Paul L. Hess, MD, and Sana M. Al-Khatib, MD, MHS
A 61-year-old man with ischemic cardiomyopathy, a left ventricular ejection fraction of 25%, and an implantable cardioverter defibrillator (ICD) presented for an ICD shock that occurred at home without any warning. The device fired 2 weeks prior to the current presentation without associated symptoms. After a second shock in the emergency department that was clearly delivered for ventricular tachycardia (VT) (Figure 65-1), a bolus of amiodarone was administered followed by a continuous infusion. On arrival to the floor, the patient initially denied symptoms but was concerned about whether he would receive another shock. Device interrogation confirmed two appropriate shocks. A cardiac catheterization demonstrated two patent bare metal stents in the left anterior descending artery and diffuse narrowing in all arteries largely unchanged from a cardiac catheterization done 3 years ago. Baseline thyroid and liver function profiles were obtained, and a 6-g load of amiodarone was completed. Defibrillation threshold testing was performed, and a >10-J safety margin was documented. Upon discharge, oral amiodarone was prescribed, and close follow-up was arranged with his cardiologist and electrophysiologist. He was instructed to call the clinic if he received a single shock and to proceed directly to the emergency department in the event of a second shock or if he had significant symptoms with one shock. During follow-up, thyroid and liver function profiles have remained stable, and no further ICD shocks have been delivered.
FIGURE 65-1 ICD shock delivery. After the ICD detected an arrhythmia with a higher number of ventricular (arrows) than atrial (*) depolarizations, it appropriately delivered a 35-J defibrillation.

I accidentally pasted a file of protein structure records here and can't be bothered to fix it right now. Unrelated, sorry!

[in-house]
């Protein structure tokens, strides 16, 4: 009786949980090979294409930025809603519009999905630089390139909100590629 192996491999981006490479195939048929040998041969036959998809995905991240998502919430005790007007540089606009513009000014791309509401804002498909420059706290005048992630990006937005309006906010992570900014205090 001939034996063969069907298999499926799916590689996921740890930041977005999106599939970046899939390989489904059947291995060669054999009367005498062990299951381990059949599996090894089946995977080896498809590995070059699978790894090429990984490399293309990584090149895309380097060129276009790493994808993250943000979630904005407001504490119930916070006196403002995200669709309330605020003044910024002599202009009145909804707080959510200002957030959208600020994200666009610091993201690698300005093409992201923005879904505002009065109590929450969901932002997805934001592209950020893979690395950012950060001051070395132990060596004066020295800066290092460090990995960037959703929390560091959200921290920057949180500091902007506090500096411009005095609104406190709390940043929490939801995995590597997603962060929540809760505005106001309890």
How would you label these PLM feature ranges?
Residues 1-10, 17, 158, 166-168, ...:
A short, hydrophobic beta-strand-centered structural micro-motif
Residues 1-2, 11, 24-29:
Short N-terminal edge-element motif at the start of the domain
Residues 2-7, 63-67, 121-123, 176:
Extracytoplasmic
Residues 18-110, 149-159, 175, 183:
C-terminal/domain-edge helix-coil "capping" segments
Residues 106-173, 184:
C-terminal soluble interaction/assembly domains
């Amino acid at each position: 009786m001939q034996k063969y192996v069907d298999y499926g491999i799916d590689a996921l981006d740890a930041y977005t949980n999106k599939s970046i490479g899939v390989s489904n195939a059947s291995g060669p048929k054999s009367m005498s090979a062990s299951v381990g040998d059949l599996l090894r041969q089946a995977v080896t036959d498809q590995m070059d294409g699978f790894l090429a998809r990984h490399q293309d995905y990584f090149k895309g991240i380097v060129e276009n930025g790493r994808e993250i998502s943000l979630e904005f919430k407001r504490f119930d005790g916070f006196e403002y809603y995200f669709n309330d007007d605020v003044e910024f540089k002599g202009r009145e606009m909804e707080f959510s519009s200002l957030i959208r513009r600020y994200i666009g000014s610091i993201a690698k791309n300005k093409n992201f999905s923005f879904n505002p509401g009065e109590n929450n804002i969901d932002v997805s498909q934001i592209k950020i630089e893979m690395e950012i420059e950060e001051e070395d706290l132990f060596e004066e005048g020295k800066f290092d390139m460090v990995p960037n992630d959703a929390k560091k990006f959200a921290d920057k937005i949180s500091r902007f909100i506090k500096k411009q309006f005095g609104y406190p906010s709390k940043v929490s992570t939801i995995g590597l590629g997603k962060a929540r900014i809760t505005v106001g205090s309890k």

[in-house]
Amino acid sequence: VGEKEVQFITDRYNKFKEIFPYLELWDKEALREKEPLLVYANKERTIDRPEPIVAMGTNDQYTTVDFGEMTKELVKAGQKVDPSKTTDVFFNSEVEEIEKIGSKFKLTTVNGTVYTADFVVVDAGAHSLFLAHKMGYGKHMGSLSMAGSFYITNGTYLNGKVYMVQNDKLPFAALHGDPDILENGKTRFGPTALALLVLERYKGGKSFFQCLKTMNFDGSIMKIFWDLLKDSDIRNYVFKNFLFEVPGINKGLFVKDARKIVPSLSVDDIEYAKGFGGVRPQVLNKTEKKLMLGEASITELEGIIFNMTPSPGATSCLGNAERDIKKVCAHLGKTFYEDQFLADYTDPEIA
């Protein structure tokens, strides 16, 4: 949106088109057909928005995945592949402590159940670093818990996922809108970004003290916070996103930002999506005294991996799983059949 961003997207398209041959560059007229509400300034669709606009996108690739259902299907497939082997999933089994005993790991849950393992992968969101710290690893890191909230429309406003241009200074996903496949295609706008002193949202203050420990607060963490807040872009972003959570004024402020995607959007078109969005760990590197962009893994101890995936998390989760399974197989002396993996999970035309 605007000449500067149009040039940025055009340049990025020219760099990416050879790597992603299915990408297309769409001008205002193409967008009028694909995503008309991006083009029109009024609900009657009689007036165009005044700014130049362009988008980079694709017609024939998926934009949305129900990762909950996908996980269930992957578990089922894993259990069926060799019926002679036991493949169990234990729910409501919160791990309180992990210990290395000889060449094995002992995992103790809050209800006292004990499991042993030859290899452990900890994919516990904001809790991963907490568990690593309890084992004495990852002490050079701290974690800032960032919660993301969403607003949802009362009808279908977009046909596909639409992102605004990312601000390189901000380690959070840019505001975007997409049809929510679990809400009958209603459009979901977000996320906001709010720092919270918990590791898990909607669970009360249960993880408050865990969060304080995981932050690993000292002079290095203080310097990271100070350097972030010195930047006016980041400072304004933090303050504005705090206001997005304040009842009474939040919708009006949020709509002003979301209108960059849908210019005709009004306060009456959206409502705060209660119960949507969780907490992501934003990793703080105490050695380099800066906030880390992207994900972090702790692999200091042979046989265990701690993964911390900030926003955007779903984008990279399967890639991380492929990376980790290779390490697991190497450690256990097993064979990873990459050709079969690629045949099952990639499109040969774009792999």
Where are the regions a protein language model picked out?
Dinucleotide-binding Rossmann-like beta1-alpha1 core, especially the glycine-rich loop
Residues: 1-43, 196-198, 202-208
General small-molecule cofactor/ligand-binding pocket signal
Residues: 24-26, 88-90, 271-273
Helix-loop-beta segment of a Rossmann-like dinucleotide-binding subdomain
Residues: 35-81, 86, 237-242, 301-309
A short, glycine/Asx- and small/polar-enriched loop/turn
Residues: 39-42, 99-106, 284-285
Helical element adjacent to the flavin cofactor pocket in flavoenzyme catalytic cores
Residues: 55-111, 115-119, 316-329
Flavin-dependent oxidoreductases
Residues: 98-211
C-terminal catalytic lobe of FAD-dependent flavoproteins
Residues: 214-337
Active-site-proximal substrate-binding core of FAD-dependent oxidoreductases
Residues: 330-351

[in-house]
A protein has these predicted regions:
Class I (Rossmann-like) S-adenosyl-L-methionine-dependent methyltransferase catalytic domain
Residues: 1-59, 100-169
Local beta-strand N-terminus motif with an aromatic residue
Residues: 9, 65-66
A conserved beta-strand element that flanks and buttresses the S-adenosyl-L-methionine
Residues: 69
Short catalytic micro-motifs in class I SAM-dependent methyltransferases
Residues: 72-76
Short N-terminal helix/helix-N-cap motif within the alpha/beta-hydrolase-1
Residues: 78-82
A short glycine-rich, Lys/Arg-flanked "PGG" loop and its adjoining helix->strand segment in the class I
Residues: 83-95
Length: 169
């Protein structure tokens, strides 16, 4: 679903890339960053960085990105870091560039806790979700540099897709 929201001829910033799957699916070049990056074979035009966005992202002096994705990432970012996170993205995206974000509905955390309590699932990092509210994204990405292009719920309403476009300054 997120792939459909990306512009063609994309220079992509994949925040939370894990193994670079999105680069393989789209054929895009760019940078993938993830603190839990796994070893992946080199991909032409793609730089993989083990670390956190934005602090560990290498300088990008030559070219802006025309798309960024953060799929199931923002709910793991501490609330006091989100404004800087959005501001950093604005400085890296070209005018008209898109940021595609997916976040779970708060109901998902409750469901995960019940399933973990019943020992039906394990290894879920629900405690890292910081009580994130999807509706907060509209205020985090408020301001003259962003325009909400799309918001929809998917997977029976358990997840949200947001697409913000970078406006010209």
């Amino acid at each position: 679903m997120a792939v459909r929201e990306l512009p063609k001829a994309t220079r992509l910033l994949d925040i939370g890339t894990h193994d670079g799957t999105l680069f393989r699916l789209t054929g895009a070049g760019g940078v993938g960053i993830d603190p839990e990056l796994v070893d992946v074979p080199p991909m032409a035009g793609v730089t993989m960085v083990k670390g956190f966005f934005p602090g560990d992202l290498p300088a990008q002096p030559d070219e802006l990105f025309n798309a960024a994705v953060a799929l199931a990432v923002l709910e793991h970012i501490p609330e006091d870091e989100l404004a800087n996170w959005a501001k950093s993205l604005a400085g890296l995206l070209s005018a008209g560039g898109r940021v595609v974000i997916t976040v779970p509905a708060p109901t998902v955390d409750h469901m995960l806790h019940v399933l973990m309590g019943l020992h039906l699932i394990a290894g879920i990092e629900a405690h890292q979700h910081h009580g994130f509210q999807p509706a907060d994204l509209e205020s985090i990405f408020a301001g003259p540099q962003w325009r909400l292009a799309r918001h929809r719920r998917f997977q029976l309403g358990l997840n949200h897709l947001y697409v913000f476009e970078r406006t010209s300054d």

• Claiming the lives of more than 400 000 patients in the United States annually, sudden cardiac death is a significant public health hazard.1 The ICD improves the overall survival of many patients with left ventricular systolic function2,3 by terminating malignant arrhythmias. The survival advantage observed in clinical trials translates to a benefit in real-world populations.4
• Broadening indications and technology dissemination have led to a rise in the number of patients with ICDs, and in turn, therapies delivered by devices. The incidence of shocks varies according to patient characteristics, including the original indication for ICD placement, as well as concomitant medical therapies and device programming. In the modern therapeutic era, approximately 10% to 20% of patients experience a shock within 1 year, and 40% to 50% experience a shock within 5 years after ICD placement.5 Two in every three of these are appropriate.5
• The incidence of recurrent shocks is less understood.
ETIOLOGY AND PATHOPHYSIOLOGY
• Shocks delivered for VT or ventricular fibrillation are termed “appropriate,” while those delivered for any other reason such as supraventricular arrhythmias, noise from electromagnetic interference, or a fractured lead are called “inappropriate.”
• Appropriate shocks can occur in the setting of acute ischemia or myocardial scarring. Abrupt ischemia can trigger a number of ventricular arrhythmias, including monomorphic VT (Figure 65-2), polymorphic VT, or ventricular fibrillation. Chronic scarring and temporal dispersion of the surrounding myocardium can lead to VT whose mechanism is typically reentry.